The AzteQ Industrial stands out from most other 3D printers on the market in both appearance and operation. With its heated chamber, this Delta machine is a cut above anything else in its price range. Granted, the price is still significantly higher than most desktop printers. However, with a build area that dwarfs most others, comprehensive networking capabilities, and vast material compatibility, there's little to fault.
Large and beautiful design
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When I reviewed the Trilab DeltiQ 2 a couple of years ago, it was one of the best 3D printers I had ever tested. Moving forward, the AzteQ Industrial has been on the market for a while and is the larger, more powerful sibling, specifically aimed at business and industrial use rather than domestic.
Upon the printer's arrival, the full scale of this machine becomes apparent. While many larger printers may match its footprint, few, if any, come close to its height. This stature is necessary to accommodate the 300 x 300 x 400mm build area, which is larger than even the biggest of the large-scale printers I've reviewed in recent years.
But that's not all. Size isn't the only major selling point justifying the $6,500/£6,500 price tag. Unlike the neat desktop DeltiQ, the AzteQ Industrial is fully enclosed with a heated inner chamber, greatly expanding its material compatibility.
As with their other printers, it comes with a checklist of desirable features. It is, of course, Mosaic compatible and relies on that tried-and-tested system for multi-filament compatibility. There are also quick-change tool heads, enabling you to switch between the standard head for ASA and PLA and the specialist head for metal and carbon-filled materials.
There's really little that doesn't impress once the machine is unpacked. While it breaks from the standard 3D printer design, everything about the AzteQ Industrial is tailored towards professional business and design use. However, one question remains: is its size enough to justify the significant price tag?
TriLab AzteQ Industrial: Design
Following a Delta design style rather than the more common Cartesian or emerging CORE XY, the AzteQ Industrial stands out even before you consider the uniqueness of the Delta design. The three arms with the head suspended beneath look otherworldly, and while with most other printers, you can kind of understand how they work, the Delta design is baffling and slightly hypnotic once in action.
Design aside, the Delta mechanics have many advantages over more common 3D printer designs. The first is that they usually take up a far smaller footprint, with no need for a build plate that moves back and forth during the printing process. Then there's the fact that the print stays static, with the build plate fixed and only the print head moving through the three axes. This means that far more intricate prints can be developed, as there's generally less vibration.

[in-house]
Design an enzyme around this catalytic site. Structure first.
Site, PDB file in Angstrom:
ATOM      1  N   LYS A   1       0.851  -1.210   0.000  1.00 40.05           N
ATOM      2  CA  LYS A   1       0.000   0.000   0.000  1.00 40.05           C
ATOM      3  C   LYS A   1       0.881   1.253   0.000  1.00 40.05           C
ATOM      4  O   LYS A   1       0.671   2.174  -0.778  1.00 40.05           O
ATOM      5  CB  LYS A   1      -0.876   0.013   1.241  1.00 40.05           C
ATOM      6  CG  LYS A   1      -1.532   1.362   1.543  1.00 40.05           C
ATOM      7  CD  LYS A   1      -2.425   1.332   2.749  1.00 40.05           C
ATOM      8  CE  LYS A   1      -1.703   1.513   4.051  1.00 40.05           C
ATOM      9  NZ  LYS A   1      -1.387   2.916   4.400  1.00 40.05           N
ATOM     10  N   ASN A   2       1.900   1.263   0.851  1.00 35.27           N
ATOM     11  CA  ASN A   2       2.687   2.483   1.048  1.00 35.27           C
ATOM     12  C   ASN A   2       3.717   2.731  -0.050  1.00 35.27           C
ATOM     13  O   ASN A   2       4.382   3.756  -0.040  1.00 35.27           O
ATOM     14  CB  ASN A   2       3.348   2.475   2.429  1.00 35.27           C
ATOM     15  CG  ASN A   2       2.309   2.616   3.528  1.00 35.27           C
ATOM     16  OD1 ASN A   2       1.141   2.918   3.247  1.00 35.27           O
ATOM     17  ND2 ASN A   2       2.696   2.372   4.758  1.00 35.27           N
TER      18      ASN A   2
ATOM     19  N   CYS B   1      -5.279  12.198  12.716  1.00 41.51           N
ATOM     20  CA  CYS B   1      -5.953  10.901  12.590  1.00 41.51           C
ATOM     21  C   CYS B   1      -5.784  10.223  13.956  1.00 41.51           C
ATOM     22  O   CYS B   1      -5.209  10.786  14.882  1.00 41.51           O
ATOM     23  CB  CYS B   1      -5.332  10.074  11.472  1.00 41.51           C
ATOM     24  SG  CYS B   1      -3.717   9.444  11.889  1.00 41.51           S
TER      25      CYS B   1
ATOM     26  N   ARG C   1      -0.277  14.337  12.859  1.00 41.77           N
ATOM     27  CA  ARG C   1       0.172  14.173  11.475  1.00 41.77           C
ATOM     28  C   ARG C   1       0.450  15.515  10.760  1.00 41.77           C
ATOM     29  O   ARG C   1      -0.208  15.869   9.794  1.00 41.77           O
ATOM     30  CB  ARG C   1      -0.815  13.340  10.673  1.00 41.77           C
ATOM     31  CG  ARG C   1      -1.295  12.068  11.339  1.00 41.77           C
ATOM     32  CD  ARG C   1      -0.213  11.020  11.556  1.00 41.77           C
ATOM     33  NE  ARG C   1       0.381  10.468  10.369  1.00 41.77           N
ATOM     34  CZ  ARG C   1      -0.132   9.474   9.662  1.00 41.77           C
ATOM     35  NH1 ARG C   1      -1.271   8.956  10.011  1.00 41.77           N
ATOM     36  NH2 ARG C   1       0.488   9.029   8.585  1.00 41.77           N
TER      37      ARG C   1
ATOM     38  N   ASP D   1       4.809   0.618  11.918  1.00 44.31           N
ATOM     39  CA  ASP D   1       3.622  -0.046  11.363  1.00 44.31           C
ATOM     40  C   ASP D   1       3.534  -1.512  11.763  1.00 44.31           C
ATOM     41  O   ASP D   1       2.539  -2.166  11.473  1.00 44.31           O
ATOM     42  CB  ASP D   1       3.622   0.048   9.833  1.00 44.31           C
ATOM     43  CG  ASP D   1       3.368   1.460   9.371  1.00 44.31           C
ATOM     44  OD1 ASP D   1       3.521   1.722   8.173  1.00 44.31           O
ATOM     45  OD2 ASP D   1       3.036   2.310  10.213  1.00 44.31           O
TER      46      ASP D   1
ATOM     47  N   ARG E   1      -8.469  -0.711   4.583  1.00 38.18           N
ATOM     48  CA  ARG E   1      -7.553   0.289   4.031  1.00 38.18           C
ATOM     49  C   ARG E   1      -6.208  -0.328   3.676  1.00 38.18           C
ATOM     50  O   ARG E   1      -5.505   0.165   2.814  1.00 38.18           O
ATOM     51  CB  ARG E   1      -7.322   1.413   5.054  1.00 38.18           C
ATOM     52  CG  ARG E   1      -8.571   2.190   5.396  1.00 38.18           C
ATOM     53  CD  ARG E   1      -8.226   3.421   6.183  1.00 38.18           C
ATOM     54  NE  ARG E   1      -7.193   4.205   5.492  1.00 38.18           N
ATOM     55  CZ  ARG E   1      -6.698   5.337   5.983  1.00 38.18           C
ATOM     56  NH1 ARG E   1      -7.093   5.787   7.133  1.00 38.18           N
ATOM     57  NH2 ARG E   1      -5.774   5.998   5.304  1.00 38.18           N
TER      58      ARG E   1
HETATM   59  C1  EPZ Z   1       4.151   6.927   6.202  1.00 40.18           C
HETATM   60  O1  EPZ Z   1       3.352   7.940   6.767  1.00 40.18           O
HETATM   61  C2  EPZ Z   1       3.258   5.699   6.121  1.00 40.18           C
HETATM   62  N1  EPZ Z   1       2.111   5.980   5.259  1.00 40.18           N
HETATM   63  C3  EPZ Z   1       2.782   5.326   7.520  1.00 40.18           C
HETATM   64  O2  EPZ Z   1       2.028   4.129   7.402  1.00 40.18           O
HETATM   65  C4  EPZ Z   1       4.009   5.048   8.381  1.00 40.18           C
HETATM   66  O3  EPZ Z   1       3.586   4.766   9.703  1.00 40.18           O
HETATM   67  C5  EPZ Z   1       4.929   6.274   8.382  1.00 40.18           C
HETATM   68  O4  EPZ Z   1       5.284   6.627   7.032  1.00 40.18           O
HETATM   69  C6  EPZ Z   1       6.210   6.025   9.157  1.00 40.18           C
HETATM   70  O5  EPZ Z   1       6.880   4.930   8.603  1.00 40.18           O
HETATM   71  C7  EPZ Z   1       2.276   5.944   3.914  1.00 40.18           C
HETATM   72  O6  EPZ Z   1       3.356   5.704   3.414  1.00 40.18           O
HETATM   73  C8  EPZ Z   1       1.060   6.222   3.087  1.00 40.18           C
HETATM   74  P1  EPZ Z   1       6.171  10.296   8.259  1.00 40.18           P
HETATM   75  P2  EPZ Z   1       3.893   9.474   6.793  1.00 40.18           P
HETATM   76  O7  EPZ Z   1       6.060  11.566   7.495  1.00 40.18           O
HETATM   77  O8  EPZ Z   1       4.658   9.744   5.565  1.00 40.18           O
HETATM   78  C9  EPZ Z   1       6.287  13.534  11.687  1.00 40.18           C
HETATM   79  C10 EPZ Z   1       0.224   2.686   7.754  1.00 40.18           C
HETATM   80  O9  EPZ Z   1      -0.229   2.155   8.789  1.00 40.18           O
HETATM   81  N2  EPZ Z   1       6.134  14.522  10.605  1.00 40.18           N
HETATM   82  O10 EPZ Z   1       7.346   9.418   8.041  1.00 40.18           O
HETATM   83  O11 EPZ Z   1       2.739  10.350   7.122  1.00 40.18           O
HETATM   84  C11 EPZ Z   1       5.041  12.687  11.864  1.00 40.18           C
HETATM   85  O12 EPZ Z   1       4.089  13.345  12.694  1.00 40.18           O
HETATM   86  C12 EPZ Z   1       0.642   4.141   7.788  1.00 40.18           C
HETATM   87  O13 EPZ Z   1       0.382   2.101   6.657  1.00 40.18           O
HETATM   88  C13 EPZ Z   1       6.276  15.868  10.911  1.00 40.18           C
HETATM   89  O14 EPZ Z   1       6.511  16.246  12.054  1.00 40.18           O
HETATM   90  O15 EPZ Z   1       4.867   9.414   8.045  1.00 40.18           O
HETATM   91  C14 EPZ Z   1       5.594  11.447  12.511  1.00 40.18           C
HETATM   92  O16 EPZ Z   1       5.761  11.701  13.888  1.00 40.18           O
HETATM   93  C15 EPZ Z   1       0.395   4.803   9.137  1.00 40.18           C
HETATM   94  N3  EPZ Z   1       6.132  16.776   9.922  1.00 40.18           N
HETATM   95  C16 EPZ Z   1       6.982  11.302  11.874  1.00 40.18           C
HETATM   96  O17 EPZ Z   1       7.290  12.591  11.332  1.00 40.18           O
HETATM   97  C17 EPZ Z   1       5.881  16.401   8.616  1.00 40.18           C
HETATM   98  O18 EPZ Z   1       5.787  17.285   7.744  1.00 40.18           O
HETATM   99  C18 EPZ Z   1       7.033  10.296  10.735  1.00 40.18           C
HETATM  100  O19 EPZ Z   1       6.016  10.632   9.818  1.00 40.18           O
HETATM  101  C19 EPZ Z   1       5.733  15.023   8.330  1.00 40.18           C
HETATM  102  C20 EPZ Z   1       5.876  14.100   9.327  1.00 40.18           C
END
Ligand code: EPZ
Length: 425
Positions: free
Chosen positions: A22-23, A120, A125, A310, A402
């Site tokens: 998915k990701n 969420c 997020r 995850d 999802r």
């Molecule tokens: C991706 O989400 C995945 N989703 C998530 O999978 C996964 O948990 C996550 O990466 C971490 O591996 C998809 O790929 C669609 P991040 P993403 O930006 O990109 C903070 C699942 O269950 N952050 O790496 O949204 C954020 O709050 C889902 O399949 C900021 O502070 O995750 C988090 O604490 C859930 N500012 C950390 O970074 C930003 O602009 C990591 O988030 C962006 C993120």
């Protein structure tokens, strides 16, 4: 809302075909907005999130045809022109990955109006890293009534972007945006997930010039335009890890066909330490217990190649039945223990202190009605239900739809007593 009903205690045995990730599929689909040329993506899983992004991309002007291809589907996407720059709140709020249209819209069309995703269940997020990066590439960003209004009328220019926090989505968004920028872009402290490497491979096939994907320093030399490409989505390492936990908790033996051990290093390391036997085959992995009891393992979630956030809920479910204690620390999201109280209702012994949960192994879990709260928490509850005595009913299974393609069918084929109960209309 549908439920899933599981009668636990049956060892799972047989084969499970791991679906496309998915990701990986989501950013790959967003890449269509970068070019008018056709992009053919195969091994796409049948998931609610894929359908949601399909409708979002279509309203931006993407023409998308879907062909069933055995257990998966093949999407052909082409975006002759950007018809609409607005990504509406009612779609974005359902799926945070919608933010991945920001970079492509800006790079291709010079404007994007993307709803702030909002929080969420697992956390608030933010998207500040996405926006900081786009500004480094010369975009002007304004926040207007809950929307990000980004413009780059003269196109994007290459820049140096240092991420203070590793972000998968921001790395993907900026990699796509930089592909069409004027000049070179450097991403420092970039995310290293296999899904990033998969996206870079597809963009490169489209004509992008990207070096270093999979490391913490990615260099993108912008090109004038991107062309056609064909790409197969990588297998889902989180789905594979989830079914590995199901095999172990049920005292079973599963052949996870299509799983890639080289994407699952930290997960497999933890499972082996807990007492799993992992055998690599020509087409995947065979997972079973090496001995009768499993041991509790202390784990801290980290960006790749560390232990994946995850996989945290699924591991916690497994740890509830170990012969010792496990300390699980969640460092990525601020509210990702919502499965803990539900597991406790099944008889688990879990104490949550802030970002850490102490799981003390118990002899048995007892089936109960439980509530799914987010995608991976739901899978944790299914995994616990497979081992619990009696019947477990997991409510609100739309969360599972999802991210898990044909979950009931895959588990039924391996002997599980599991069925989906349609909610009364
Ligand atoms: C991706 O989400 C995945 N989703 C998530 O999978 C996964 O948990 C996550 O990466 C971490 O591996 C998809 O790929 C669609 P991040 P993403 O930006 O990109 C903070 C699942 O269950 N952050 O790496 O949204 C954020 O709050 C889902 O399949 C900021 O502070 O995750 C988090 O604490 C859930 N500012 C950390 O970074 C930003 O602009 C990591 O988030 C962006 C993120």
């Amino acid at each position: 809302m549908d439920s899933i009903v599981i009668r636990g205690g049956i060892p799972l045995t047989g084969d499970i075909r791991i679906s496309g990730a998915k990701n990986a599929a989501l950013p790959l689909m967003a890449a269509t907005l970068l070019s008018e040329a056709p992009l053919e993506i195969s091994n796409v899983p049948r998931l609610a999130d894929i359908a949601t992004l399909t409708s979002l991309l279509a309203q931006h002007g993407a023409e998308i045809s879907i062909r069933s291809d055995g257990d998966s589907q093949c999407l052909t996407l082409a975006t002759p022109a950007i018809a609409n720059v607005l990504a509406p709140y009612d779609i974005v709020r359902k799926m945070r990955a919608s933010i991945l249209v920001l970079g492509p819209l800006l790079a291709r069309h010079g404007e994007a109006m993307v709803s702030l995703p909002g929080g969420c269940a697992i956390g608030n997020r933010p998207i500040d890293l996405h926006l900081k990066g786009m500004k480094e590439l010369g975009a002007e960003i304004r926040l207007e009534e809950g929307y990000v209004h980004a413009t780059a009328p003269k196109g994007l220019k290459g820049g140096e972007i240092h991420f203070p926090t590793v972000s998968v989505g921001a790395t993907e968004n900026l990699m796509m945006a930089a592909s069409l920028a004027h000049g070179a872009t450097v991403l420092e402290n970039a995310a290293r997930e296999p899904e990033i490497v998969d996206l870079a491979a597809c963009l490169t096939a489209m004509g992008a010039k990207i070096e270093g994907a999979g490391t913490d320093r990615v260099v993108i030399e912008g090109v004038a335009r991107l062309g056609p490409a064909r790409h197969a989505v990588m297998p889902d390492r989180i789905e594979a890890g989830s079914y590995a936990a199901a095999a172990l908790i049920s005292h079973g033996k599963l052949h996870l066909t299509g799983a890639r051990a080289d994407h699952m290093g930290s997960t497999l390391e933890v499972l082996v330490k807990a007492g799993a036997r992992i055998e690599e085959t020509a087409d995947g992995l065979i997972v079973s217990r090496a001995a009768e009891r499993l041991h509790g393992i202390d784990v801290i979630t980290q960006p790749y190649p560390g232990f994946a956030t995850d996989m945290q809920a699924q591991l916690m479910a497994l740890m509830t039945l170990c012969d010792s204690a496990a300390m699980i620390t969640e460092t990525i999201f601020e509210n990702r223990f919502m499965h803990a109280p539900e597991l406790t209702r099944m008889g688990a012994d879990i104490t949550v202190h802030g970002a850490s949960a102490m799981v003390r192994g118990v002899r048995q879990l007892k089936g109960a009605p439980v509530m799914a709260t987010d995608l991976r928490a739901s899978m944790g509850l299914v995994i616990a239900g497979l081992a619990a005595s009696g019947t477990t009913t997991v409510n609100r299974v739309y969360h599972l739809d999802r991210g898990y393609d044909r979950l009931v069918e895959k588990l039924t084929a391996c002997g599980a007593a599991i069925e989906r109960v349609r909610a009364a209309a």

Then there's the speed. Or at least, there was the speed - until CORE XY machines started to appear. Traditionally, Delta machines could be cranked up to print speeds that few standard printers could compete with.
The AzteQ Industrial incorporates and benefits from all the usual Delta features but adds to them with the fully enclosed and heated interior, which is capable of baking in prints. Then there's the wireless networking, superb browser-based print software, and the option to connect to the excellent Mosaic hardware for extended functionality.
TriLab AzteQ Industrial: Features
The TRILAB AzteQ Industrial utilizes high-precision delta kinematics, a design choice that lies at the heart of Trilab's product lines due to its speed, accuracy, and superior surface finish. The quality of print achievable from Delta-style machines made them a preferred choice in the past for professionals who prioritize dimensional accuracy and reliability above all else.
One feature that distinguishes the AzteQ Industrial from other 3D printers is its actively heated print chamber, which is capable of reaching temperatures up to 80°C. This feature isn't just about handling heat; it's crucial for enabling the use of advanced materials like ABS, ASA, PA, and PC, known for their durability and high-temperature resistance. A heated chamber aids in maintaining print quality, accuracy, and reliability, especially over the extended print times this printer facilitates.
A feature I appreciated in the DeltiQ, which is also present in the AzteQ Industrial, is the swappable magnetic printheads. These allow for swift transitions between different printing materials without lengthy recalibrations. The AzteQ automatically calibrates with each new printhead, streamlining the process.